Electric shock as Victorian regulator reviews prices

VICTORIA'S electricity regulator is moving to impose huge price cuts on electricity distributors, sparking protests from AGL, Diversified Utility and Energy Trusts (DUET) and Alinta.
Electric shock as Victorian regulator reviews prices Electric shock as Victorian regulator reviews prices Electric shock as Victorian regulator reviews prices Electric shock as Victorian regulator reviews prices Electric shock as Victorian regulator reviews prices

The state’s Essential Services Commission (ESC) released a draft yesterday of its electricity price review for 2006-2010, in which it ordered the distributors to cut prices by between 14% and 26% next year and by more through to 2010.

AGL managing director Greg Martin criticised the ESC's ruling.

“The ESC recognises that it has less knowledge than AGL on the required operating, maintenance and capital expenditure but even so, it is telling AGL how to run its electricity network,” Martin said.

“The commission’s draft decision is completely at odds with recent views from governments, the productivity commission and the prime minister’s infrastructure taskforce that regulators should take a light-handed approach to regulation of infrastructure.”

DUET and Alinta, who are partners in United Energy Distribution Ltd, also criticised the ruling, saying UED did not bellieve the proposed price reduction was reasonable.

"UED believes the draft determination is not in the best long-term interests of customers, particularlly as it does not support the UED's customer-focused initiatives [and] reduces the leve of capital the company has proposed to invest in the network infrastructure," the partners said in a statement.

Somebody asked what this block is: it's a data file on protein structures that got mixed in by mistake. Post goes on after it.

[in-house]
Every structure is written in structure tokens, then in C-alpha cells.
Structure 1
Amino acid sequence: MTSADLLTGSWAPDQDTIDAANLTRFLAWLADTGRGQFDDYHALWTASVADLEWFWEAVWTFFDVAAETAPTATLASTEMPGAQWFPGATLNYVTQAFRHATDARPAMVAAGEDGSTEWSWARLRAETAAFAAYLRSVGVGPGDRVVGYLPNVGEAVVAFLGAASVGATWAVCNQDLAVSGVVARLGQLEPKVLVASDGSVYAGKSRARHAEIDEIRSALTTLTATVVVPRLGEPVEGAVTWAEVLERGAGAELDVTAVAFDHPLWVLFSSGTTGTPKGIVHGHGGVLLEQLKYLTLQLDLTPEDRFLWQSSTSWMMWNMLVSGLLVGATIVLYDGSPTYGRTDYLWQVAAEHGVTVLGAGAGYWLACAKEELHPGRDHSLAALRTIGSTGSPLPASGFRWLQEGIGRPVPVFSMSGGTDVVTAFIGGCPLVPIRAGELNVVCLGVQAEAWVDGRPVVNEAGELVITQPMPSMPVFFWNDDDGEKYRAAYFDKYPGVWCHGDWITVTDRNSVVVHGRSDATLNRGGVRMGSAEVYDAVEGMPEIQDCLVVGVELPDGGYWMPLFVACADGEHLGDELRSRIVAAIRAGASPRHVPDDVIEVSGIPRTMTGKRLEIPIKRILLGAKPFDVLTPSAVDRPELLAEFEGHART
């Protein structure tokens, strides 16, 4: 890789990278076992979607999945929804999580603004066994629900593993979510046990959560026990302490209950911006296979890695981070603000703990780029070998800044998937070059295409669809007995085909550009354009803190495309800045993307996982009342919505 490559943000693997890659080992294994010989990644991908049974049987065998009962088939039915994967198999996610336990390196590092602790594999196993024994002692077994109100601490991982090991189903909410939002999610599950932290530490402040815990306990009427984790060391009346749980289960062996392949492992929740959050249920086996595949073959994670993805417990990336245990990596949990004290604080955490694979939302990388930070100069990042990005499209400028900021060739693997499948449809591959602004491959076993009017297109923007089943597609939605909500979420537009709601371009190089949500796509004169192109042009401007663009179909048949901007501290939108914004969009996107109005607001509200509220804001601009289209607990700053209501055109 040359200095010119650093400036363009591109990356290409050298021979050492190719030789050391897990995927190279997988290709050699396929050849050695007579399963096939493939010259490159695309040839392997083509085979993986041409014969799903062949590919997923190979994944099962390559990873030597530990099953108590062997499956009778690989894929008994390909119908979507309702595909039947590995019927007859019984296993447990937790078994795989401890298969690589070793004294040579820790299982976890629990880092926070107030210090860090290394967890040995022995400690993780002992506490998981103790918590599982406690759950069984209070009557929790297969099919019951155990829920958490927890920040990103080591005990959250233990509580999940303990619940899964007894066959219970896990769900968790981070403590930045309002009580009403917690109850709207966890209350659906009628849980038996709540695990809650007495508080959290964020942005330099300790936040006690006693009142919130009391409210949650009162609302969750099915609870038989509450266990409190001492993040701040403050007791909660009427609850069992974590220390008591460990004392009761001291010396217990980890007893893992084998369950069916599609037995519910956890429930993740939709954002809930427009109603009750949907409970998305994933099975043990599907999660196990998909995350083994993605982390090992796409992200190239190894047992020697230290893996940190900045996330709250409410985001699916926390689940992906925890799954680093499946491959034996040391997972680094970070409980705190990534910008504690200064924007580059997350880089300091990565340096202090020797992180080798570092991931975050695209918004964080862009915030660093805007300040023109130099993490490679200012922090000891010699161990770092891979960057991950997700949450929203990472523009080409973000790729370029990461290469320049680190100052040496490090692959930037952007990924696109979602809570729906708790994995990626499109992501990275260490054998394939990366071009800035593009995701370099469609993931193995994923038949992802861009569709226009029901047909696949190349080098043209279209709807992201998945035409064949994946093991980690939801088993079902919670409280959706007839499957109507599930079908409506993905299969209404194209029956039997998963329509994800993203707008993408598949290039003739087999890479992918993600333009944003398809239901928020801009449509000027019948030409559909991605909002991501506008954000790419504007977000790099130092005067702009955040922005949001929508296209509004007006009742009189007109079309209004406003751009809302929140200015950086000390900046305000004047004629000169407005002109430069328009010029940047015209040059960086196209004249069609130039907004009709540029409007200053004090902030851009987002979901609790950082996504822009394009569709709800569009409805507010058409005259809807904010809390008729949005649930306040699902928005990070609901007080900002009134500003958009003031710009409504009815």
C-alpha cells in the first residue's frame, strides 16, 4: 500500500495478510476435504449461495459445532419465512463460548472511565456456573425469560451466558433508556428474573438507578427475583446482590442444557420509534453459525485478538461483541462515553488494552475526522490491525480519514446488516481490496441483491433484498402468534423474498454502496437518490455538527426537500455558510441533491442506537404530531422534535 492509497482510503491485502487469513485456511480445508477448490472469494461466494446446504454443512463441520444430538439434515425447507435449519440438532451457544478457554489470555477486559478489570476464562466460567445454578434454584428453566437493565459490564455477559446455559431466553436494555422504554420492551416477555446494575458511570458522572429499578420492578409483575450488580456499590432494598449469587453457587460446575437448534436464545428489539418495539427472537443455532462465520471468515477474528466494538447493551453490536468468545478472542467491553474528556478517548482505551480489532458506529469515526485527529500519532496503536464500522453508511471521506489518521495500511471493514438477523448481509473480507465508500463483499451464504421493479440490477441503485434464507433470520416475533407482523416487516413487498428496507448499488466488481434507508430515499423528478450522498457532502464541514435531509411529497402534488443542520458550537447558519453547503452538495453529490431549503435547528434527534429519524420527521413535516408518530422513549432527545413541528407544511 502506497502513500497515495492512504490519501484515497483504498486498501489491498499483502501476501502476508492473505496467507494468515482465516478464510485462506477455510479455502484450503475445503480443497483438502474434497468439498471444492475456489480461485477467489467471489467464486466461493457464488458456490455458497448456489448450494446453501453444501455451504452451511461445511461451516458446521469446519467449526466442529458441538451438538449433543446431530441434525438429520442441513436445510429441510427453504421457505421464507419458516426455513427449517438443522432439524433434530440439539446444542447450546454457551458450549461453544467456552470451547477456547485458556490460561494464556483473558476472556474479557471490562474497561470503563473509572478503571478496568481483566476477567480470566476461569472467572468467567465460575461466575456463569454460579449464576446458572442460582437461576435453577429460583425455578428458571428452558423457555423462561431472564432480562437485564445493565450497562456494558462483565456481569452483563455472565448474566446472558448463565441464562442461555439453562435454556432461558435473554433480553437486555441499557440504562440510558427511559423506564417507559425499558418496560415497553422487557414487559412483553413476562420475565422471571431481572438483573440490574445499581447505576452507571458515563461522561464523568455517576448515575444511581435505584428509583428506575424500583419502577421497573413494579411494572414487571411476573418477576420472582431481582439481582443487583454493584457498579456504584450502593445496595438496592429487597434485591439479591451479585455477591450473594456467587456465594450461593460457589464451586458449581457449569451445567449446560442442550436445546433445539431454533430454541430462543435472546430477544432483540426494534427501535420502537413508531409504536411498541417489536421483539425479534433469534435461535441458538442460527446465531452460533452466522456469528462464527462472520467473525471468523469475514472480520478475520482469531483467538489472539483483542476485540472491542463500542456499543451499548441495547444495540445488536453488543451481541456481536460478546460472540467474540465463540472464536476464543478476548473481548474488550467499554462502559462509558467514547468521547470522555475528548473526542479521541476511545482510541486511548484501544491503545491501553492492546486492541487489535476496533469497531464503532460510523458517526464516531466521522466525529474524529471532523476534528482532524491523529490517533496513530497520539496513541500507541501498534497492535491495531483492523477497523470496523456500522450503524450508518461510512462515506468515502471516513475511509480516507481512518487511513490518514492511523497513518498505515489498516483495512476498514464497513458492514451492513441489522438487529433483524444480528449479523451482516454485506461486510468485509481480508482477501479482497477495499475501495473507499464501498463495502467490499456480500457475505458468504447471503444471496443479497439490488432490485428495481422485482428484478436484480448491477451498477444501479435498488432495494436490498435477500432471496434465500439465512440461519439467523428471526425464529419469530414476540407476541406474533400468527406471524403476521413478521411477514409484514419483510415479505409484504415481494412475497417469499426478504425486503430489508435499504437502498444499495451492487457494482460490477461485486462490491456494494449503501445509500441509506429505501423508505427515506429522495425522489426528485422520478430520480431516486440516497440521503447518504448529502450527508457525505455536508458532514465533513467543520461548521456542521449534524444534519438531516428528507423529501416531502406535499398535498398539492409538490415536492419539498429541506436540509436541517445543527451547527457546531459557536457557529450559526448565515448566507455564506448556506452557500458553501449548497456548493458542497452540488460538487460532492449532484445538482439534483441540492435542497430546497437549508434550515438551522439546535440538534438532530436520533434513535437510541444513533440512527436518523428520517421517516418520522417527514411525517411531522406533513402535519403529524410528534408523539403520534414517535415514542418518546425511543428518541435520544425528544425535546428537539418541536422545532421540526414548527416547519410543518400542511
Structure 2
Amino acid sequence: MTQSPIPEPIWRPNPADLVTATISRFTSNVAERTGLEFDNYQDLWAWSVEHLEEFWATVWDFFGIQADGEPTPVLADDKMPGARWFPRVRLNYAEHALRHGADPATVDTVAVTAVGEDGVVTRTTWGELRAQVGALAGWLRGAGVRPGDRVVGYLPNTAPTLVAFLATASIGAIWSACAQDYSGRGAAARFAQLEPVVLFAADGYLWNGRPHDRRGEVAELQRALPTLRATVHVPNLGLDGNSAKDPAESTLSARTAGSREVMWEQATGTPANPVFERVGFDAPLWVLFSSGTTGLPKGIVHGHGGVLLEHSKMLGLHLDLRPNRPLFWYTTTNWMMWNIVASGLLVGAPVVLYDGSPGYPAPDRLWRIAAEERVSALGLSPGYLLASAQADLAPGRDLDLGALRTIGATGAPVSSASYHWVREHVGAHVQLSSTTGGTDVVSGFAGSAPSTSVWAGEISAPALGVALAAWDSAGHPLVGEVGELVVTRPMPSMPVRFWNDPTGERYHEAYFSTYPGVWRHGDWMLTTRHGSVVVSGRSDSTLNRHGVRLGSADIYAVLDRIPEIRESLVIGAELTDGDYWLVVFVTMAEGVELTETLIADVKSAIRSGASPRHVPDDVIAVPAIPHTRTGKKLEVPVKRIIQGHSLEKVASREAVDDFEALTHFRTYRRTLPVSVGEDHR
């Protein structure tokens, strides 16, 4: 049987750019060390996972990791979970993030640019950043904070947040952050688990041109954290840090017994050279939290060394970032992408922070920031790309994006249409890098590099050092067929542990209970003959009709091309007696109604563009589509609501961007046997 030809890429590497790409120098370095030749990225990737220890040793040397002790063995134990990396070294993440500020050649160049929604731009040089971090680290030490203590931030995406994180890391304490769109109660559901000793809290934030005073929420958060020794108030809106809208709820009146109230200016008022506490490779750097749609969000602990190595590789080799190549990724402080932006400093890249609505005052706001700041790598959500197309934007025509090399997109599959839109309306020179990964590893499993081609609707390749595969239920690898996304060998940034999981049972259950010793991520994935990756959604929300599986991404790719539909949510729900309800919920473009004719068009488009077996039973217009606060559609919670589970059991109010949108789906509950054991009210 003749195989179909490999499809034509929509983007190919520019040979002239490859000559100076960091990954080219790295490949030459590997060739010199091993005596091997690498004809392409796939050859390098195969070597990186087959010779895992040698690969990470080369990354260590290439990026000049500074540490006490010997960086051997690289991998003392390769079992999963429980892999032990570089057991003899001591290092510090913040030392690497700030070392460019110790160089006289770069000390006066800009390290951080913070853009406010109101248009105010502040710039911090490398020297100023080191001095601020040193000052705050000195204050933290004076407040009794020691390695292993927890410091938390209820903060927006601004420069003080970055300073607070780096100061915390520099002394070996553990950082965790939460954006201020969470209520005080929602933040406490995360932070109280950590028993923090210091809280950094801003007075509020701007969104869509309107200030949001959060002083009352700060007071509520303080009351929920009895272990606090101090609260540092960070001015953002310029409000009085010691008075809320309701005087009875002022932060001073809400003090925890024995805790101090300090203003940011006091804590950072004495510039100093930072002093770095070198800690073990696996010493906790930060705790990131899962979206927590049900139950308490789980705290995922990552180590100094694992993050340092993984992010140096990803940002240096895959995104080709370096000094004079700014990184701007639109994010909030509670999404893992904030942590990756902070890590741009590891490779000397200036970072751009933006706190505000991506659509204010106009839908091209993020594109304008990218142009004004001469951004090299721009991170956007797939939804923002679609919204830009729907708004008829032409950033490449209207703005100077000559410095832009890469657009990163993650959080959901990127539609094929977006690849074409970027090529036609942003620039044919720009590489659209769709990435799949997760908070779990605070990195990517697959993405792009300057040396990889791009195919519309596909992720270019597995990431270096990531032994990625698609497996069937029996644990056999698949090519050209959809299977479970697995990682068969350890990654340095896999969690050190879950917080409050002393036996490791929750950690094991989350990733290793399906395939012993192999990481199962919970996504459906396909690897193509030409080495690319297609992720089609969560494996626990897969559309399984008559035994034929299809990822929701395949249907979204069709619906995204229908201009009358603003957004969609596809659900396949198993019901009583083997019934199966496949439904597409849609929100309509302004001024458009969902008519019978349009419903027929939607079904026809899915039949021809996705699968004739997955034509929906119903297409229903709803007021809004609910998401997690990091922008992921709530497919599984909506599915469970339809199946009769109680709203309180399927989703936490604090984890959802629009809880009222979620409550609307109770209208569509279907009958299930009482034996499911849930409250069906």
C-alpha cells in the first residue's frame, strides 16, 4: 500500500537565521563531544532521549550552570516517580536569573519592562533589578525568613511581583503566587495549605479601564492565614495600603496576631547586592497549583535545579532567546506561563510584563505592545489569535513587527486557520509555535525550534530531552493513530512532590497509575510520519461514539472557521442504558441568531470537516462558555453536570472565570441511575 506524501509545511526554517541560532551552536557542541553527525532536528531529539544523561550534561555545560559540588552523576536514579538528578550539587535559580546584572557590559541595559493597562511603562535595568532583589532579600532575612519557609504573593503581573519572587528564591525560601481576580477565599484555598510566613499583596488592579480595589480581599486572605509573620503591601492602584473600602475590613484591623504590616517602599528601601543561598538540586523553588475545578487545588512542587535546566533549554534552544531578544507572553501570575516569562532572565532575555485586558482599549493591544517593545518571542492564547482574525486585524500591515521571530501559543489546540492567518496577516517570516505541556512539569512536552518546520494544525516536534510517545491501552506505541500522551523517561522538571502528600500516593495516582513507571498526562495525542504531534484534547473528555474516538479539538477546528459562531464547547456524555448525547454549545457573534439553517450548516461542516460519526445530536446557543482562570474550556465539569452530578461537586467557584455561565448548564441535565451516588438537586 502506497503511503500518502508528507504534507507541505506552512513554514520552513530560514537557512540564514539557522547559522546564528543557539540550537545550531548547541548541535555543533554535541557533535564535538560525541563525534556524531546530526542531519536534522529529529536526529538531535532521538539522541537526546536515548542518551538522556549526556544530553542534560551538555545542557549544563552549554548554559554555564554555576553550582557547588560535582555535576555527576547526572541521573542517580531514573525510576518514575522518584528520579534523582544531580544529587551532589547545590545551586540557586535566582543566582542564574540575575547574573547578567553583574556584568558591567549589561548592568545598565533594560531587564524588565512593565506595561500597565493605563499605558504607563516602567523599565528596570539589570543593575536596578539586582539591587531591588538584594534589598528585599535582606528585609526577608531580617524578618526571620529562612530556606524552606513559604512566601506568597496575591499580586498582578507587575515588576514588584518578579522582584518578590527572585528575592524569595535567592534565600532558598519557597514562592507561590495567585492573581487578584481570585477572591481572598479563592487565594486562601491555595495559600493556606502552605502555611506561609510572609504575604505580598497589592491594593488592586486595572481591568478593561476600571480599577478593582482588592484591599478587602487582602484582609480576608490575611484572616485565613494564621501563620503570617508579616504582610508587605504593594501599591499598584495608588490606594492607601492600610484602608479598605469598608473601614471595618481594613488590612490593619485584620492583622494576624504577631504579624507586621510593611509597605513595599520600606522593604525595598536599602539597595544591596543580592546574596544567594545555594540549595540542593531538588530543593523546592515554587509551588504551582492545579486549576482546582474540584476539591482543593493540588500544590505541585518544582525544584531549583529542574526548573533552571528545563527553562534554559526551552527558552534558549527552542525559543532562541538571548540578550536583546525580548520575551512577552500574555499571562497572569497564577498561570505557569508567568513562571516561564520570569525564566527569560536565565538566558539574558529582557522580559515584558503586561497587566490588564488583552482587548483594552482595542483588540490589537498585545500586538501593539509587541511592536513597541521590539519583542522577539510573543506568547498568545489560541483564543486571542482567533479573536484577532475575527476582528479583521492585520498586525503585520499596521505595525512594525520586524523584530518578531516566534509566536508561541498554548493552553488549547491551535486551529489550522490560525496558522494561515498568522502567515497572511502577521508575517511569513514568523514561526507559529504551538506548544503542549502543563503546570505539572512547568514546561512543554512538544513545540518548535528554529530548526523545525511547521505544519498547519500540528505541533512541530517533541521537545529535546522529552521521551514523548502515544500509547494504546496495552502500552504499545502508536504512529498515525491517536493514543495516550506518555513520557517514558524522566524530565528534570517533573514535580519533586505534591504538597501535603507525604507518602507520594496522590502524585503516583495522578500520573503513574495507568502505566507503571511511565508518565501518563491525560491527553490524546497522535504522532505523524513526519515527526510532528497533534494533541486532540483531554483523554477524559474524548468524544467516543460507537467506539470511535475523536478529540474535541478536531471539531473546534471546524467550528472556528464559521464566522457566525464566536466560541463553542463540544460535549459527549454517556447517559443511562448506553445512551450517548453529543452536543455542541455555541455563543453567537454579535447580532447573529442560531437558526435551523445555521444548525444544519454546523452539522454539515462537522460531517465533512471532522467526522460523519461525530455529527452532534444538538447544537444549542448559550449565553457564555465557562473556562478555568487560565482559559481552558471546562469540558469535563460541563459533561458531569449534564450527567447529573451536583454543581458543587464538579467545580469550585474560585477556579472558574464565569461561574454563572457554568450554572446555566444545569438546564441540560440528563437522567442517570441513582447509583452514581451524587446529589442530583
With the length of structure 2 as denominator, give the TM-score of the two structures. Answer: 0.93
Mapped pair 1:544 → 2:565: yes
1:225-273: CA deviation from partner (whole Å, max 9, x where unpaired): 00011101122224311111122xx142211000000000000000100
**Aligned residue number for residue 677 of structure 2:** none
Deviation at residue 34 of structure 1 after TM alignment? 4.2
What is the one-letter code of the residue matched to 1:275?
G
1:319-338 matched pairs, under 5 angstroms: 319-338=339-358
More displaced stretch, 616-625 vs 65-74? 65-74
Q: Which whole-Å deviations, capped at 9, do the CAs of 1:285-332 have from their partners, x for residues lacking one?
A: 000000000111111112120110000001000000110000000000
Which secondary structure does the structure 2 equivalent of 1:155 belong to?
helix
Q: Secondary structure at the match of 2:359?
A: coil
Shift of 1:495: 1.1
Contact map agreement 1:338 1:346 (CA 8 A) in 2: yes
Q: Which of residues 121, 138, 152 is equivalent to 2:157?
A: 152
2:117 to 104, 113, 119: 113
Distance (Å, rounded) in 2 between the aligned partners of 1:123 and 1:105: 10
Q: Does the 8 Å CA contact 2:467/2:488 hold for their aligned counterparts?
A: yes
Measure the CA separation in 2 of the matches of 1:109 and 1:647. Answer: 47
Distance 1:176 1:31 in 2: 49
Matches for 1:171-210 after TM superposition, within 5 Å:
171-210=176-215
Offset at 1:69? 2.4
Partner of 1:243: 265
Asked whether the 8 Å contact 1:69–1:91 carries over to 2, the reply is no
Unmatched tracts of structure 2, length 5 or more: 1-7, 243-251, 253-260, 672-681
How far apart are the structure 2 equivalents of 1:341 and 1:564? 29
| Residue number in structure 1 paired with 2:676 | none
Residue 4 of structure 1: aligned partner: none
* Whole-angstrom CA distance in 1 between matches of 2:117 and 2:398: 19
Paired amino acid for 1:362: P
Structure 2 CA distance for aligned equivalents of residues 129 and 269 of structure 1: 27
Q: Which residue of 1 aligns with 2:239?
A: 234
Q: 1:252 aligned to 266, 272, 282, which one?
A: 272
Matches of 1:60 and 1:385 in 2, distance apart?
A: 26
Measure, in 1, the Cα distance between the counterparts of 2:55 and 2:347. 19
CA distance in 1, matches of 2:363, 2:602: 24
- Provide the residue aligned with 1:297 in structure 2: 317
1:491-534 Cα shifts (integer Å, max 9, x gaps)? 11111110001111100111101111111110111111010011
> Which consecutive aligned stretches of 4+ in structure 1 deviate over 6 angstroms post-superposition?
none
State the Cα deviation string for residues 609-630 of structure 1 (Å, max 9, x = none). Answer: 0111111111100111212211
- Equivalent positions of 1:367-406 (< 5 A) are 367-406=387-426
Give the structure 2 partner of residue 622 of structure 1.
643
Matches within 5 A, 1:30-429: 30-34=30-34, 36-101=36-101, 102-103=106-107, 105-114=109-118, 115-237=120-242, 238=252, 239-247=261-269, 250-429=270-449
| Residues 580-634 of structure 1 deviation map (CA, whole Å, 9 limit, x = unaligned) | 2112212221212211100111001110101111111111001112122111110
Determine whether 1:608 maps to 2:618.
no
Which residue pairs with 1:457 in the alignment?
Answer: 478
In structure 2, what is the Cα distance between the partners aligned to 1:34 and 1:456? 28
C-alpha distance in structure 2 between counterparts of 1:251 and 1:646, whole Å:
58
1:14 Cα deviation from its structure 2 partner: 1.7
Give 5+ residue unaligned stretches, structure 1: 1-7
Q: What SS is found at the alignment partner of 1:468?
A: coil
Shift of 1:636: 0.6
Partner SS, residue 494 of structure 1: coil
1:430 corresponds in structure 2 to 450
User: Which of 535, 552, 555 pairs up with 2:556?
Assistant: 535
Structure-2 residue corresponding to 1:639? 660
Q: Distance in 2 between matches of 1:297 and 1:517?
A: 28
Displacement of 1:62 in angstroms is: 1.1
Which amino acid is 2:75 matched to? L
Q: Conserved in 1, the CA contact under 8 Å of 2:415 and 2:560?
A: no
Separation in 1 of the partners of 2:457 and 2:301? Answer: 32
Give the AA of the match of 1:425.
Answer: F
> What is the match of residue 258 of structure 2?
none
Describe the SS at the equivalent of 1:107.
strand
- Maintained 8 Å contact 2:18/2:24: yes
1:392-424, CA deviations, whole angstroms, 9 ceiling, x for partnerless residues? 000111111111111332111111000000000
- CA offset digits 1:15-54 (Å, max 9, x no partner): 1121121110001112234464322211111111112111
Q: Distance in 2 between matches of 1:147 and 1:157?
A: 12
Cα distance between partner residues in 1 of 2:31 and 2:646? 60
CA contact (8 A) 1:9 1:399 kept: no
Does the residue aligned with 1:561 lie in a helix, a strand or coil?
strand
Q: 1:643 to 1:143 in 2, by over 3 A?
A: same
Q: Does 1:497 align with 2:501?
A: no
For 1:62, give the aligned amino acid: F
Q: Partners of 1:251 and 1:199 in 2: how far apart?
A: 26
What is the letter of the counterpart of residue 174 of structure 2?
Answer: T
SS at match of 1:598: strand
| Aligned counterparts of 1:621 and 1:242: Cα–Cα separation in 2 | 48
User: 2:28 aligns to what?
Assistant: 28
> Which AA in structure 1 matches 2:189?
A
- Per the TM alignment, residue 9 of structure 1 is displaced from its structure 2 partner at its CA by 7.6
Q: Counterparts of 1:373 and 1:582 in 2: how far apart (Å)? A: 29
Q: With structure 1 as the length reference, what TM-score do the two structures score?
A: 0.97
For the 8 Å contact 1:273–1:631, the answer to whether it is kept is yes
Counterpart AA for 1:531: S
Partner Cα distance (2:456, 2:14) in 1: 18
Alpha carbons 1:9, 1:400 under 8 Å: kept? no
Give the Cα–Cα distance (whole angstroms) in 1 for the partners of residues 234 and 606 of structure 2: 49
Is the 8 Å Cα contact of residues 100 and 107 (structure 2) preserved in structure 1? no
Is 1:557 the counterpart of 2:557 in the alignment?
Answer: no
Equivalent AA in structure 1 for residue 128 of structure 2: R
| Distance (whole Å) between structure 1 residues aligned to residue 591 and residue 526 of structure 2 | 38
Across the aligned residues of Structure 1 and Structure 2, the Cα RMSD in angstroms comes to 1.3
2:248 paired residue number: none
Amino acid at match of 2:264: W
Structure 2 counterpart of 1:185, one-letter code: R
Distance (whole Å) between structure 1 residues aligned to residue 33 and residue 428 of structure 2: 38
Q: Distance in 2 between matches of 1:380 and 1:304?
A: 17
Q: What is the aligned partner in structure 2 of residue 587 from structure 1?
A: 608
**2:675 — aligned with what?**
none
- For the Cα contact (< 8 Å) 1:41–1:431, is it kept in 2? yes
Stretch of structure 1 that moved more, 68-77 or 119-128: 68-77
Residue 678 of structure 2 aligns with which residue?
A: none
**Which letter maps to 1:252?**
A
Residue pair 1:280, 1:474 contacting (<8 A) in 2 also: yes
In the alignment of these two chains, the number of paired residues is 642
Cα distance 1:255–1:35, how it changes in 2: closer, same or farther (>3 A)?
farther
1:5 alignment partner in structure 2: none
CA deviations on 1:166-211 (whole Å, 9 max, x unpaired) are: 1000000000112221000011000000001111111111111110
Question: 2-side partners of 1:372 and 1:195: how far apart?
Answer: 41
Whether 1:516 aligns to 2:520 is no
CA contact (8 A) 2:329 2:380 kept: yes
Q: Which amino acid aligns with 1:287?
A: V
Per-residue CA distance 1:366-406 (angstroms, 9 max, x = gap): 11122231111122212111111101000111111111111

"The determination requires the UED to take on additional risks associated with the long-term performance of its networks but continues to constrain its ability to do so by setting unreasonable expenditure targets."

Martin said AGL disputed “assumptions” in the draft of its costs, and from which the review process will set out domestic and business power supply prices.

His criticism included the commission disallowing of AGL’s wage rises and employing new apprentices.

It also cut $38.8 million from the $42.9 million the company submitted to the review’s process for step changes to operating and maintenance expenditure over five years, he said.

On capital forecasts, the commission cut expenditure on reinforcements to the network from $71 million to $38 million, and asset replacement from $74 million to $57 million.

Cost savings in AGL’s previous regulatory period did not affected its ability to improve network reliability from an average of 120 minutes off-supply a customer-a-year in 1995-1998 to an average of 86 minutes for 2001-2004, Martin said.

In 2004, customers connected to the AGL network were without a supply for 66 minutes on average, he said.

A spokesman for the commission said it was aware of AGL’s criticisms and the company had until August to provide another submission about its costs to the review process.

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